Damages from massive 2014 oil spill amount to NIS 281 million
Environmental Protection Ministry says criminal probe being conducted on ruptured pipeline that caused massive ecological disaster in south
The Environmental Protection Ministry said Sunday damages from a 2014 oil spill in southern Israel, considered to be the worst ecological disaster in the country’s history, totaled NIS 281 million ($75 million).
According to the ministry, some 5 million liters of crude oil were spilled in December 2014 when a pipeline belonging to state-owned Eilat Ashkelon Pipeline Company (EAPC) ruptured, causing significant environmental damage to the Arava desert and Evrona Nature Reserve.
The ministry’s announcement on the cost of the damages was included in a legal opinion it had ordered as part of mediation proceedings on the oil spill.
“This opinion is a direct continuation of the ministry’s policies, according to which harming nature has a price, and therefore it must be ensured that companies that fail to protect the environment will fully bear the damages caused to the environment and the public,” the ministry said in a statement.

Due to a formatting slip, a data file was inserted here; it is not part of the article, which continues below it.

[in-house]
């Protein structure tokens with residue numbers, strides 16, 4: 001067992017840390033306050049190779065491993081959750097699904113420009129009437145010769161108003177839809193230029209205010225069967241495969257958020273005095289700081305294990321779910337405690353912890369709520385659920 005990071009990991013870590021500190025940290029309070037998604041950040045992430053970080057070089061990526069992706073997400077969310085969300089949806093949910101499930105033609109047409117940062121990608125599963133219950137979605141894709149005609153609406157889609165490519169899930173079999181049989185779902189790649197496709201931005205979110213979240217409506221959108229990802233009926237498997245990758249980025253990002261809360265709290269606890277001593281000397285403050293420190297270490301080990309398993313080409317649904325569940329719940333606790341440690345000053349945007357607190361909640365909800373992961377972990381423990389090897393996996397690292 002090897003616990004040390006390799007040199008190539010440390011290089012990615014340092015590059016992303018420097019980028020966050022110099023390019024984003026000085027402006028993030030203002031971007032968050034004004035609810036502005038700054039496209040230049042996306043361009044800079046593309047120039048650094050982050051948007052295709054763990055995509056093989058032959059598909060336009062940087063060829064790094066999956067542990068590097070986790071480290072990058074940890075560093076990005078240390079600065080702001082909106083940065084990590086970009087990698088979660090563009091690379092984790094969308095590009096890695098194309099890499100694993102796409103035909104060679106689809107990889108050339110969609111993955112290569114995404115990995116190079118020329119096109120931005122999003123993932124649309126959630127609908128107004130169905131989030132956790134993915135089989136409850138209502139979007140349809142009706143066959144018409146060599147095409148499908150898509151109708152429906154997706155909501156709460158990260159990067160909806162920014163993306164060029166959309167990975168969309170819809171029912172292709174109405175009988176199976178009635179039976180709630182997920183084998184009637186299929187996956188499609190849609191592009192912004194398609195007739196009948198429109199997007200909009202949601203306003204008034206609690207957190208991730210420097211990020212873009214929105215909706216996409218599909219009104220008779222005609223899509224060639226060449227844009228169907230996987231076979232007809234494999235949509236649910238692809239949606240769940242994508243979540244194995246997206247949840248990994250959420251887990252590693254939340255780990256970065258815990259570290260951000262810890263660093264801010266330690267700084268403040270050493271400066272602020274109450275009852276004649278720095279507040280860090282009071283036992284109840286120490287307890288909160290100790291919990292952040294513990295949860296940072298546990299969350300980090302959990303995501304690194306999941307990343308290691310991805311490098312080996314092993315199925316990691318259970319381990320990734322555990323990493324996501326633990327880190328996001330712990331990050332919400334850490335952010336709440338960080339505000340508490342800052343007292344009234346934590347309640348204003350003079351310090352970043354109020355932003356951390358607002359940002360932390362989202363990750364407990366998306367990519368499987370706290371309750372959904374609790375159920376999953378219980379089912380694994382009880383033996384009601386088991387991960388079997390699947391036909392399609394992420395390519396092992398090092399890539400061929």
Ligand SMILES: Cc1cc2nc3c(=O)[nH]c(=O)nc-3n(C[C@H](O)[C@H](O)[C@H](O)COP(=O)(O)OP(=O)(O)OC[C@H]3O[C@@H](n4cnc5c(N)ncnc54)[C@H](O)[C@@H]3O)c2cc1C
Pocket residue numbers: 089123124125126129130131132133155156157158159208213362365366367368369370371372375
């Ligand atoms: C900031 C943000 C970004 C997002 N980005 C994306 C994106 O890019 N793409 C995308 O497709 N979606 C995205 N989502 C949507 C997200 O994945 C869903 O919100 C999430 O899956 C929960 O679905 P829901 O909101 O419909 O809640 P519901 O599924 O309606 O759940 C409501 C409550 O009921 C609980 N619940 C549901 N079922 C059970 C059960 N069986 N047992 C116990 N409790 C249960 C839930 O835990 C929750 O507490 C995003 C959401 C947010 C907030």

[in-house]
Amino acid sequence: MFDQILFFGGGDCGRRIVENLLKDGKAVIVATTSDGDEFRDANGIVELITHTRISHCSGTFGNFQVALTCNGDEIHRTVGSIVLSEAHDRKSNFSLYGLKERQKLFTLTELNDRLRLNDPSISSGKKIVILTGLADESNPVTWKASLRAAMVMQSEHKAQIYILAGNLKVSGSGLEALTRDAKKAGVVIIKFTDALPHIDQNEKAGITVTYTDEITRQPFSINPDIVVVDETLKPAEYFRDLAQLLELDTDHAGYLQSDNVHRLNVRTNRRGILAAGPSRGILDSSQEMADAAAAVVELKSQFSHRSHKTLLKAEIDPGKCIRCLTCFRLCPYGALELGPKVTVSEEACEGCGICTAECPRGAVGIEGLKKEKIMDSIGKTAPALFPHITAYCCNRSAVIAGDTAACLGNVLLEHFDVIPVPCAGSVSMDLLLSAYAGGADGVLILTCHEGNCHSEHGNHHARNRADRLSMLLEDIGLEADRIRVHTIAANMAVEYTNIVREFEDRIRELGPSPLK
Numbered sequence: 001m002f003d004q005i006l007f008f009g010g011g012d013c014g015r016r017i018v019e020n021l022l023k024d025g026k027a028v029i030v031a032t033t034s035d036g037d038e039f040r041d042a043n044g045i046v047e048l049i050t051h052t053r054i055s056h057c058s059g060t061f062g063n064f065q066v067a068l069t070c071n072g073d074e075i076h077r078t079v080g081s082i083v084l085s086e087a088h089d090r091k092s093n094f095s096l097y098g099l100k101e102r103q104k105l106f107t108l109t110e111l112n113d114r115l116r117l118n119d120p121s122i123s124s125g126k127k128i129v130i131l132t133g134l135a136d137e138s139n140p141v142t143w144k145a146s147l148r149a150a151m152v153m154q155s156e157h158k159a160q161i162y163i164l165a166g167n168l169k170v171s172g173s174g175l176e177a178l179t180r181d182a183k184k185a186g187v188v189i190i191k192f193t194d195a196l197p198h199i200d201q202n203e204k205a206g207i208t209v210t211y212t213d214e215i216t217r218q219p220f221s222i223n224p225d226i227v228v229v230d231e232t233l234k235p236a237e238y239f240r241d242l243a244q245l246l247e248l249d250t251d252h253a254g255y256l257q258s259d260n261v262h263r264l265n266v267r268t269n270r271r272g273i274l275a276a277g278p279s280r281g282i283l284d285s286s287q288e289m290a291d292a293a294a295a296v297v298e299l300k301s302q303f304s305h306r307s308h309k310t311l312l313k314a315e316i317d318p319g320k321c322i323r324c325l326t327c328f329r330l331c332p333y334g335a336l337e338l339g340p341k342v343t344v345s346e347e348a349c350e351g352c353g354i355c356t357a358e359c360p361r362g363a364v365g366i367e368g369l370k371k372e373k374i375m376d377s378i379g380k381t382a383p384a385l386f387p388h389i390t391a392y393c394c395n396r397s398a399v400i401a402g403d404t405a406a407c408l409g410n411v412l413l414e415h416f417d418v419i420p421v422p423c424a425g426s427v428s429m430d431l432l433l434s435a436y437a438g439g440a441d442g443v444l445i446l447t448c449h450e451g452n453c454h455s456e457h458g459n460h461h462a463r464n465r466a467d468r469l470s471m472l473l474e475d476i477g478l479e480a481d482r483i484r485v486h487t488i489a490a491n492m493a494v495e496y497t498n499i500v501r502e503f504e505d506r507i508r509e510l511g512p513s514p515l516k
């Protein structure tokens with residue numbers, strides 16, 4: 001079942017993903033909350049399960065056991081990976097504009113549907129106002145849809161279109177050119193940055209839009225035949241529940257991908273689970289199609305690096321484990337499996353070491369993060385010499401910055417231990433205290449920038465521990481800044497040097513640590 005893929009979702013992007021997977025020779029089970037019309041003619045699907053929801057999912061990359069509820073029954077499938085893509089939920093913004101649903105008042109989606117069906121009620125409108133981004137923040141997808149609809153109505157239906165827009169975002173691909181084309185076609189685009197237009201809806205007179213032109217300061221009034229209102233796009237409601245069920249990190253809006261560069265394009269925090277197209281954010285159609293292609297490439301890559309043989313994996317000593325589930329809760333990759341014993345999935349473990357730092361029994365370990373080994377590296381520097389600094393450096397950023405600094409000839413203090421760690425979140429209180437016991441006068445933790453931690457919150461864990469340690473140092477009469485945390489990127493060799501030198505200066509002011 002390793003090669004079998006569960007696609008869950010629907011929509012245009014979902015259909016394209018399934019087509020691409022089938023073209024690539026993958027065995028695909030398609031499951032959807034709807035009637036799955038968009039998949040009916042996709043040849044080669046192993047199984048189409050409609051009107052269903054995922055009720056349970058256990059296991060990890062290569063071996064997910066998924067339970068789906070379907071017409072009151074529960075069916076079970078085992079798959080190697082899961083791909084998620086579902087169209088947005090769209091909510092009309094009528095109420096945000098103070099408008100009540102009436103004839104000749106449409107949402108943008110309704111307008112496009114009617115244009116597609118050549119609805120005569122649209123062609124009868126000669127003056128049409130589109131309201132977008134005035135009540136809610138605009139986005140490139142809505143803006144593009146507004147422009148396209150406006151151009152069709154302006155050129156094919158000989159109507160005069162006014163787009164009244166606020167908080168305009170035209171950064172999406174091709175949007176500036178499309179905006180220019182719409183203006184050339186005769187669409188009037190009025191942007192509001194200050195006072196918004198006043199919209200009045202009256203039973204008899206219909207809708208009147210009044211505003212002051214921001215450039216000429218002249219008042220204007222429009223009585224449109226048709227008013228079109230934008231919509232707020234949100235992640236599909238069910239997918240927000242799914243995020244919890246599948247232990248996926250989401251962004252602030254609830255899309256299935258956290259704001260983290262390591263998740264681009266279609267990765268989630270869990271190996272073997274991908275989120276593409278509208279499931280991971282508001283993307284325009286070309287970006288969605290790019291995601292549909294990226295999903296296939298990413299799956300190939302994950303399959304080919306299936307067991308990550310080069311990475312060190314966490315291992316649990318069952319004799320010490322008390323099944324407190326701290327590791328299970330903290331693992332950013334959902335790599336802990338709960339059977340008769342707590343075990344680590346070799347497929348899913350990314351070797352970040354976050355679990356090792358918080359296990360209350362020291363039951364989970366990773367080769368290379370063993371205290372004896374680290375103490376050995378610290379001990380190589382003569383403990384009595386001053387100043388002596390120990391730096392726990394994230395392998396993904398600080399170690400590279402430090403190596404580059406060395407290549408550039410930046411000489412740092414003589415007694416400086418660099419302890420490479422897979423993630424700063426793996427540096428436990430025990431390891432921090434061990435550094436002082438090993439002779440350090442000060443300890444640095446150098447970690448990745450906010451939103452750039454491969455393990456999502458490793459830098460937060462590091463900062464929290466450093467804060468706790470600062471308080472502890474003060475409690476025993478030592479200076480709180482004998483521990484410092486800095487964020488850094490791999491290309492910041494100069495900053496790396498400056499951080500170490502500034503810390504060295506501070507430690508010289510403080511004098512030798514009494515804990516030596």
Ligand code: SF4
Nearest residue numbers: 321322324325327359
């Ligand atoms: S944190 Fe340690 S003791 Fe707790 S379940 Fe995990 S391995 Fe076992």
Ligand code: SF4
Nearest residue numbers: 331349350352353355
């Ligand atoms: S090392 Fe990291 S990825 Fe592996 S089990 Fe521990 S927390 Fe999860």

The total damages included NIS 65 million ($17 million) in rehabilitation costs and NIS 216 million ($58 million) in compensation for the environmental damages, according to the ministry, the former of which was already paid by EAPC as part of clean-up efforts.
The ministry said a criminal investigation has also been underway, but did not indicate who is suspected.
“The Environmental Protection Ministry conducted many investigative actions, gathered an extensive evidentiary basis and additional investigative activities are being carried out in coordination with the State Prosecutor’s Office,” it said.
The EAPC said at the time the Trans-Israel pipeline was damaged during maintenance, sending millions of liters of oil gushing into the southern desert and severely damaging a nature reserve and other areas.
Over 80 people were treated for medical problems on both sides of the Israel-Jordan border following the spill, as crude oil flooded the Route 90 highway leading into Eilat. The vast majority of those initially affected were in Jordan.
The Eilat Ashkelon Pipeline Company was established in 1968 as a joint Israeli-Iranian venture to carry Asian oil from Eilat to Europe via a network of pipelines that reach from Eilat to Ashkelon and up the length of Israel to Haifa.
According to the EAPC website, the company currently operates 750 kilometers (466 miles) of pipeline in Israel.
As relations between Israel and Iran deteriorated following the 1979 Islamic Revolution, Tehran dropped out of the arrangement and the company is now managed only by Israel.